“The industry at large thought much of the region, including our project area, wasn’t worth looking at, attributing it to being a barren granite unit however we decided to do things a little differently.”
Instead of sending out drill rigs, a costly task even for just a couple holes, Western Yilgarn applied a grassroots exploration strategy involving a program of first pass auger geochemical sampling.
Geochemistry exploration work are methods used by mining companies to cover a larger area quite cheaply and prioritise targets for future drilling activities.
“The logic behind it is to get down deep enough to sample insitu material that is in place rather than transported cover, which is soil that has been transported in and out over the millennia by natural weathering processes,” Rutherford says.
“If you’ve got a soil sample that has been carried in, it’s not going to tell you what’s in the ground immediately beneath you and likewise can hide anything below.
“We went out, put 2,347 drill holes in and took some samples from each hole and sent it off to a commercial laboratory for a 4 acid digest multi-element analysis to see what was below the soil and what their concentrations are.
“We realised we were working with a very complex structural region – the rock structures underneath the ground are very busy but we got a good sniff of what was beneath the surface with some geochemical anomalies defining potential LCT pegmatites along with Ni-Cu-PGE and lower level gold targets, which runs into a lease owned by Bellevue Gold.”
From that initial geochemistry work, Western Yilgarn generated a total of nine targets, and while there is still a lot more work to be done, Rutherford believes the area holds the potential of becoming a new polymetallic province down the track.
All up three LCT pegmatites targets, five nickel-copper-PGE targets and one gold target were defined.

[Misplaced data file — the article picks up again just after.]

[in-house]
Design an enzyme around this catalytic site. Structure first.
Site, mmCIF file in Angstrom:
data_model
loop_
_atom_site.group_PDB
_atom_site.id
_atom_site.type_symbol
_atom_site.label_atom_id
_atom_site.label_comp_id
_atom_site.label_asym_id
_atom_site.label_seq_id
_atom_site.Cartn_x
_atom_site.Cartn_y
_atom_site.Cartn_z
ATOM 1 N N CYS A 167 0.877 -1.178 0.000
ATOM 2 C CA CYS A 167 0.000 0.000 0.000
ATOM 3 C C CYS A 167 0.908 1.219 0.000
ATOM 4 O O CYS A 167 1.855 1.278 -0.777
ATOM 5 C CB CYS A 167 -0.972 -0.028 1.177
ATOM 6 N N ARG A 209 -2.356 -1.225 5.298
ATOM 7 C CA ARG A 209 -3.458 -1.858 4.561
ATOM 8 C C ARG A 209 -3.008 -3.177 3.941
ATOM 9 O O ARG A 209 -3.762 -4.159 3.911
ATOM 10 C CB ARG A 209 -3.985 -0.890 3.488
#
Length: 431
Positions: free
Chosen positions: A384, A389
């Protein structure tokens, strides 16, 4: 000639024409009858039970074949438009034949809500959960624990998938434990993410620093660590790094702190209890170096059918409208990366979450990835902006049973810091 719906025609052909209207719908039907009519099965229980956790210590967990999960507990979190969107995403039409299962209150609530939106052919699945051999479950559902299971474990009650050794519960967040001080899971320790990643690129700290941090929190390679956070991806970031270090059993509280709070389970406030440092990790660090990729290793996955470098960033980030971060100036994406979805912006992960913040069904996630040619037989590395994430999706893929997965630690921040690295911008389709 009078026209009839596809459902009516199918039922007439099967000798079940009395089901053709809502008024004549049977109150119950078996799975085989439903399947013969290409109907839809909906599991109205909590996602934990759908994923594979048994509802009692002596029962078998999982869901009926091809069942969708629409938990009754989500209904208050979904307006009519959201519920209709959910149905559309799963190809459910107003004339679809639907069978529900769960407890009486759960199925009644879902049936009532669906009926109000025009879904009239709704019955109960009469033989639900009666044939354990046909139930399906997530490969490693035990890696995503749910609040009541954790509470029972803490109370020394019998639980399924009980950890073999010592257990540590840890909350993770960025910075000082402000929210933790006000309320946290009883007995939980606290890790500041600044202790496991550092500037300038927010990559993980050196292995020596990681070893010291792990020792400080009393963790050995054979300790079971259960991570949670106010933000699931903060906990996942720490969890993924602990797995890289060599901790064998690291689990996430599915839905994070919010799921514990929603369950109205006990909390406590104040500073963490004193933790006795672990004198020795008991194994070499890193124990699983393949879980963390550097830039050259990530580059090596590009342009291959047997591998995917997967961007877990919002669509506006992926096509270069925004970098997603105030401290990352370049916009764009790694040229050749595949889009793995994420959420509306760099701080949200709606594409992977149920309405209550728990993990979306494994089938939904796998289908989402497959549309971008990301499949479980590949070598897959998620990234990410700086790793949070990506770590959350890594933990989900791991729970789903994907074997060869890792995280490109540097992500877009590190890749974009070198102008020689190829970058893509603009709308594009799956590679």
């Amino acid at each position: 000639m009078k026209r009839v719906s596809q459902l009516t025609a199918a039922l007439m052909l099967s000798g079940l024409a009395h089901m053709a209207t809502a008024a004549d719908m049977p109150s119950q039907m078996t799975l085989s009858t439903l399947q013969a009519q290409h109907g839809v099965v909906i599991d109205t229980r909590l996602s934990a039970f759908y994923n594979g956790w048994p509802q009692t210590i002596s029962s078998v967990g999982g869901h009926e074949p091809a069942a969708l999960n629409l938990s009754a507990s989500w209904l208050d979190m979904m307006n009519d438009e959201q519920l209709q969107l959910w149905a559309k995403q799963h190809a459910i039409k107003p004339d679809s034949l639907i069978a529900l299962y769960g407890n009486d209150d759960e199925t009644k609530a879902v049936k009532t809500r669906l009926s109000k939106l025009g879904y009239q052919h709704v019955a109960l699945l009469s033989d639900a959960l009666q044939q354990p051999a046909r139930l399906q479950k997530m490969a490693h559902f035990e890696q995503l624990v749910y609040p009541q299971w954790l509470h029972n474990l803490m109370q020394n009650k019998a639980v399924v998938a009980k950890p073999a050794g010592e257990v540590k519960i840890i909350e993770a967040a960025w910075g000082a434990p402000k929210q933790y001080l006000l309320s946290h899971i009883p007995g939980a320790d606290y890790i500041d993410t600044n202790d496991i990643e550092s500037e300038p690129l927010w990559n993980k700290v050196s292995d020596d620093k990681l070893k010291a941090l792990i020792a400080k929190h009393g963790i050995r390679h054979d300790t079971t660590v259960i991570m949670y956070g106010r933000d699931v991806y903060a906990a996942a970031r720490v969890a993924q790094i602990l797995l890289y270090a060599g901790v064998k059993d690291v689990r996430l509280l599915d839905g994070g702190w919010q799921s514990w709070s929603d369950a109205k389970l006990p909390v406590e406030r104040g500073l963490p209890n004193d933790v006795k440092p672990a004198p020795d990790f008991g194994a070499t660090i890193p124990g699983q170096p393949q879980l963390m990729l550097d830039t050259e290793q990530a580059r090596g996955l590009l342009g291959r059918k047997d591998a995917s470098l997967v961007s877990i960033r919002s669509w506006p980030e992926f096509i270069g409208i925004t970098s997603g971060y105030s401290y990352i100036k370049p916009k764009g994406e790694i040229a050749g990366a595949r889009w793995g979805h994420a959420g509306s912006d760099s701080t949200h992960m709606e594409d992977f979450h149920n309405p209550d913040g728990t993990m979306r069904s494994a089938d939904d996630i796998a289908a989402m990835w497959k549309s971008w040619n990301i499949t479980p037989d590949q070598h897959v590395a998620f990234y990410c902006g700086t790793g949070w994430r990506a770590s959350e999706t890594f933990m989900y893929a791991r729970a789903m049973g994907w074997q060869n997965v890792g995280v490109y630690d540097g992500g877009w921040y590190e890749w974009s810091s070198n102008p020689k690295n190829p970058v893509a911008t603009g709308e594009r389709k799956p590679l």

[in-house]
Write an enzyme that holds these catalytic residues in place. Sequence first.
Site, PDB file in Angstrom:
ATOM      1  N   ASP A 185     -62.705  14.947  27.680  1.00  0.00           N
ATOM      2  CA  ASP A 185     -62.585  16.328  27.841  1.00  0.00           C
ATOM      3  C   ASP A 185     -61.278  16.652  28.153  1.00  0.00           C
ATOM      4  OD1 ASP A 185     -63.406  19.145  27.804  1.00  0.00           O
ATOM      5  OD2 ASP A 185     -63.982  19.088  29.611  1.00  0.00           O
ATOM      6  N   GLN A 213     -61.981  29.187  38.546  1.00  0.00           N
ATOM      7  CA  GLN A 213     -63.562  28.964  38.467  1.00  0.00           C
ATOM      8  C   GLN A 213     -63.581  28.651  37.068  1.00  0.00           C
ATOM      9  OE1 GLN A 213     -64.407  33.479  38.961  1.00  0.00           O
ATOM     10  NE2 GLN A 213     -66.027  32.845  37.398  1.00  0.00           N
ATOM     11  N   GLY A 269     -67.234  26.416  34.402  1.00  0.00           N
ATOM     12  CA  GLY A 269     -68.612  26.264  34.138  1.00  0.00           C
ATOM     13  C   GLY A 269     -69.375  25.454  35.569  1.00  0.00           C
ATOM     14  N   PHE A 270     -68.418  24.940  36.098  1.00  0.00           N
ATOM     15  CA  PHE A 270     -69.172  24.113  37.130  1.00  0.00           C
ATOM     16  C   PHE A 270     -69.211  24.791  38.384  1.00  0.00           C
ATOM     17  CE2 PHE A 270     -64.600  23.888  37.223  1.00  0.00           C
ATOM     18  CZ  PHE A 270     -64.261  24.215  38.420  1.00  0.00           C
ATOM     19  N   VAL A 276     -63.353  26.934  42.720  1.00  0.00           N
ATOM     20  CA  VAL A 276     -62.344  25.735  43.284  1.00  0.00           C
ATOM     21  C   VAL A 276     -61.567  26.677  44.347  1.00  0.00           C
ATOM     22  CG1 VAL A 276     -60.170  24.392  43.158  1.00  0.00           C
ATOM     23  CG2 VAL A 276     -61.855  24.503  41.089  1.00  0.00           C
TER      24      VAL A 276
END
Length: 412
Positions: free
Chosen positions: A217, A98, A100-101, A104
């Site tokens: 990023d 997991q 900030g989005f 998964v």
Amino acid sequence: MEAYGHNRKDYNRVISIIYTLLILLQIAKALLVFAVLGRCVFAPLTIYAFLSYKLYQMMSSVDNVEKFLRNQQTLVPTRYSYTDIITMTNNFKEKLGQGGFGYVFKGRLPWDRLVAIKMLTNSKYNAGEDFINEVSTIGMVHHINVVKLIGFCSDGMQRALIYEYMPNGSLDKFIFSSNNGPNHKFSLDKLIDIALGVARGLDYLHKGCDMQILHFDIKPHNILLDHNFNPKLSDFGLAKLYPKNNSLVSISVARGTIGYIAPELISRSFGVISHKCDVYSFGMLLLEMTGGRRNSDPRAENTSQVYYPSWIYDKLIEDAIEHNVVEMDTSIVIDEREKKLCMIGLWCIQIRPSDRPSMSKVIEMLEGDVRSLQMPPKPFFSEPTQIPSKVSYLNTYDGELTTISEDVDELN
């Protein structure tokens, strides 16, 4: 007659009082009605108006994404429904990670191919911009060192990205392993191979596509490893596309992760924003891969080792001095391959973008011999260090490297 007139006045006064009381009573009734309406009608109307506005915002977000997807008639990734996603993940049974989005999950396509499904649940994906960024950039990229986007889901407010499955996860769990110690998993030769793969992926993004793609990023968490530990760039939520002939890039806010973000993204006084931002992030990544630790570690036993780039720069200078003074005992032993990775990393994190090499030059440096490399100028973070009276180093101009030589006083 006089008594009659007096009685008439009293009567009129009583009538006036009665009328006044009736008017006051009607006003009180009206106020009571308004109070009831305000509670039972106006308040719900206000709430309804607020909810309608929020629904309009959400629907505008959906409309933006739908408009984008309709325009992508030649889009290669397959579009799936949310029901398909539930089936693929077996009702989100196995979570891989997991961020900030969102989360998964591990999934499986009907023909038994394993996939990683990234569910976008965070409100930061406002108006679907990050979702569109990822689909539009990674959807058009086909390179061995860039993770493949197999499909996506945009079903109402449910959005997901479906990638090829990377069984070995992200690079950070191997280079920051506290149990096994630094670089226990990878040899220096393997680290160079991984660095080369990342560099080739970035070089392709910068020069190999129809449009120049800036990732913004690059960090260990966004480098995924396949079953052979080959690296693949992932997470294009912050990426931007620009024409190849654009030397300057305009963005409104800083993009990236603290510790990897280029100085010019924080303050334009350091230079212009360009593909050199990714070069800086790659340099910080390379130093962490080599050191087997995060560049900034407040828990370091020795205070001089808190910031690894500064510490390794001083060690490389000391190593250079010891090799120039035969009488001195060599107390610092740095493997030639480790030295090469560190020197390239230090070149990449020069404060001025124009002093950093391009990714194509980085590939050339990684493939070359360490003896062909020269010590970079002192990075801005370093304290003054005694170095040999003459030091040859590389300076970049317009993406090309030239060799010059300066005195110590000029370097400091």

Of the nickel-copper-PGE targets, N1 and N2 from historical aircore and RC drilling by BHP and St George defined promising nickel intercepts including:
“These nickel-copper-PGE intersections define a highly fertile and poorly explored ultramafic belt,” Rutherford says.
“The mystery of the Mount Ida region is being discovered now and since we’ve started making noise, all these companies have been turning up.
“Rio Tinto pegged their ground immediately to the right of us on March 20th, Cobalt Prospecting followed soon after on May 12, Fleet Street Holdings on August 3, and Gold Geological Consulting after that.
“They are all around us – there has been a real lack of exploration around our project area up until now and it’s because everyone assumed it was granite.”
Western Yilgarn has picked up another 270km2 of tenements at Bulga to the north and the south, taking Bulga’s exploration package out to 477km2 directly along strike of the Ida Fault.
“We’re eager to see what the drilling yields for us as soon as the applied for leases are granted to us, where we will undertake first class principles of auger geochemistry work again,” Rutherford says.
“There is an orderly and well costed exploration approach to Bulga.”
This article was developed in collaboration with Western Yilgarn, a Stockhead advertiser at the time of publishing.
This article does not constitute financial product advice. You should consider obtaining independent advice before making any financial decisions.